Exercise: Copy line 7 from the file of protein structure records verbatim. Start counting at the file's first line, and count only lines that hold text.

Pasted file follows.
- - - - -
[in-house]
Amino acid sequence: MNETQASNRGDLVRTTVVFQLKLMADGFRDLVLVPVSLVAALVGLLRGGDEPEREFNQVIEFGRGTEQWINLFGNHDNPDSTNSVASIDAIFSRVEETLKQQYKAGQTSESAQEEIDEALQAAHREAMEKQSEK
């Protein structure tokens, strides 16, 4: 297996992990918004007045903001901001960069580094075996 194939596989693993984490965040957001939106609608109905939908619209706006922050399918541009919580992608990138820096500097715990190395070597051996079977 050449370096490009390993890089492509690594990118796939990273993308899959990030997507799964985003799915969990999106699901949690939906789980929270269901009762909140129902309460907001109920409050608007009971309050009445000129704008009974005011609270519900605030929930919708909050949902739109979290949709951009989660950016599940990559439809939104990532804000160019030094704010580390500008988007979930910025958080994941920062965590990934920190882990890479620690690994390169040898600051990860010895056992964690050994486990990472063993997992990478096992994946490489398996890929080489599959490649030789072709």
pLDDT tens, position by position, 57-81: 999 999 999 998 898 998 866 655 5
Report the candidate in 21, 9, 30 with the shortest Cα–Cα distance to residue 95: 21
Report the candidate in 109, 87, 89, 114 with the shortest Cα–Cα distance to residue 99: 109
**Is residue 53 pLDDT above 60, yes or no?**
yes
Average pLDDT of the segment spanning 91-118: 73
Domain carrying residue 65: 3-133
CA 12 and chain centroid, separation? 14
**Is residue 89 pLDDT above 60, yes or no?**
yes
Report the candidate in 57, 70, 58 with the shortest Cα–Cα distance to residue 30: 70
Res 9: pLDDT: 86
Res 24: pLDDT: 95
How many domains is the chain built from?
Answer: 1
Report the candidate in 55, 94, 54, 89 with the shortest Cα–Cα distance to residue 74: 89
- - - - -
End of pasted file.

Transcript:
**Is residue 53 pLDDT above 60, yes or no?**